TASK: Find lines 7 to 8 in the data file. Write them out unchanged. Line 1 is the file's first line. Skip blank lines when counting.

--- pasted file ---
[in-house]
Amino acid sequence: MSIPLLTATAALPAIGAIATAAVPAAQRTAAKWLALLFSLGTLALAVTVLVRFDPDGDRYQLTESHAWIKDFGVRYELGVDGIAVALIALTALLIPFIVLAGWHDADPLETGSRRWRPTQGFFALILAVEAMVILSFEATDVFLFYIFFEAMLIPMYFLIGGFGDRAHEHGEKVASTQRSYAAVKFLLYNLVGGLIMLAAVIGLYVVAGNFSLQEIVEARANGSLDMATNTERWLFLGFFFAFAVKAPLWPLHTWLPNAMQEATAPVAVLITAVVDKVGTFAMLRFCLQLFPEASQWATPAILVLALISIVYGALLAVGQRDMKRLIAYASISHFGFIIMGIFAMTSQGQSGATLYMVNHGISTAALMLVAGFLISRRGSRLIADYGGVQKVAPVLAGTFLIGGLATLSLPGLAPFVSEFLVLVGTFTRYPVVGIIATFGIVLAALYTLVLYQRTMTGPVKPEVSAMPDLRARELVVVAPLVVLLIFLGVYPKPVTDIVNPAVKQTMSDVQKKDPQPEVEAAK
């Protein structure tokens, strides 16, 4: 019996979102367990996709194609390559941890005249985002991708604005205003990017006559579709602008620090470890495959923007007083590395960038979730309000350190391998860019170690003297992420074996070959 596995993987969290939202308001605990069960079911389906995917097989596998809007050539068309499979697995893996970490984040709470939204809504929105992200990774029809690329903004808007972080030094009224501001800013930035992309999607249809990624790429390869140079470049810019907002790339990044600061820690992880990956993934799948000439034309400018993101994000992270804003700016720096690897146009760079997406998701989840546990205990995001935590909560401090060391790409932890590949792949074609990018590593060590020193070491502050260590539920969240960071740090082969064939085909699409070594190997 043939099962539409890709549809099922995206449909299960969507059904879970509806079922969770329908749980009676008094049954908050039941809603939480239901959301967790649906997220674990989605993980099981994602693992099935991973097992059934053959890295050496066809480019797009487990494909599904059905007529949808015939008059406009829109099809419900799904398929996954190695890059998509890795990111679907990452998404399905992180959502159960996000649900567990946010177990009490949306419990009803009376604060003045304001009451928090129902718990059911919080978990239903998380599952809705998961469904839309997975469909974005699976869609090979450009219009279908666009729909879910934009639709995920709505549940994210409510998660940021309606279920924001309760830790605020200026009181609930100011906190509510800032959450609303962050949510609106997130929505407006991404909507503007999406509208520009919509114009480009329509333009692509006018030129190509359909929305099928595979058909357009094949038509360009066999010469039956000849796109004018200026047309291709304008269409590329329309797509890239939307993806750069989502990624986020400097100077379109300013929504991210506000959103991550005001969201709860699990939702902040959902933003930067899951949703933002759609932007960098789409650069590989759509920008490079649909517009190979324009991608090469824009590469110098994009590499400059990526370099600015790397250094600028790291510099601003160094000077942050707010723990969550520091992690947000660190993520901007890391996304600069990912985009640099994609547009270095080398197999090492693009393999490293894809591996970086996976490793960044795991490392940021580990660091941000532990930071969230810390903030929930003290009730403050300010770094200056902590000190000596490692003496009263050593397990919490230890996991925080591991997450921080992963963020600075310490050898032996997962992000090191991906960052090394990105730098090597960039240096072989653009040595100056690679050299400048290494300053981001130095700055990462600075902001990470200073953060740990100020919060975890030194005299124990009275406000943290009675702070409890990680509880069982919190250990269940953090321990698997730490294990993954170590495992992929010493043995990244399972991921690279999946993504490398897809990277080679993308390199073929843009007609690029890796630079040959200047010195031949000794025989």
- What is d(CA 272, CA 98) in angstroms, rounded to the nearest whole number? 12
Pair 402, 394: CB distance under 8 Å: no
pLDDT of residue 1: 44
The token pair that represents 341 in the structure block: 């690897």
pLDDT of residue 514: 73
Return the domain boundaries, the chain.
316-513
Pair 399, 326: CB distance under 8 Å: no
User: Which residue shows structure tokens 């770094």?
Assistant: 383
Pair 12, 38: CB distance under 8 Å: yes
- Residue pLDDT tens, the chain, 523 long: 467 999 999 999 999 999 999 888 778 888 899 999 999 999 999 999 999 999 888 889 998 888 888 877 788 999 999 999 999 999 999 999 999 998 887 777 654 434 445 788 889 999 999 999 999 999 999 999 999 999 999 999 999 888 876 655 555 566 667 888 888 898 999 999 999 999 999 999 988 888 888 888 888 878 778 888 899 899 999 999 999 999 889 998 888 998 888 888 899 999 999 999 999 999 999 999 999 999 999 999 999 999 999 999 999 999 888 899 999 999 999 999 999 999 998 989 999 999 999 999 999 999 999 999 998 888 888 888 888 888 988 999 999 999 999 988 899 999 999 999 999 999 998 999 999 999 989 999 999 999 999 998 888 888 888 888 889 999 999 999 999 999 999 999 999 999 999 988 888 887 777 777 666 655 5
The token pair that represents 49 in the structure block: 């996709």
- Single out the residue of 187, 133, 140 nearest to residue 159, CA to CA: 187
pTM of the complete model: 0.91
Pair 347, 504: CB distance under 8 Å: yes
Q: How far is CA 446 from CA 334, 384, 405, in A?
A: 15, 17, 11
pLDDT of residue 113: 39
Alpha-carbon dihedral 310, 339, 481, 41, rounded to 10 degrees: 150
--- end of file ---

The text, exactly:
The token pair that represents 341 in the structure block: 């690897």
pLDDT of residue 514: 73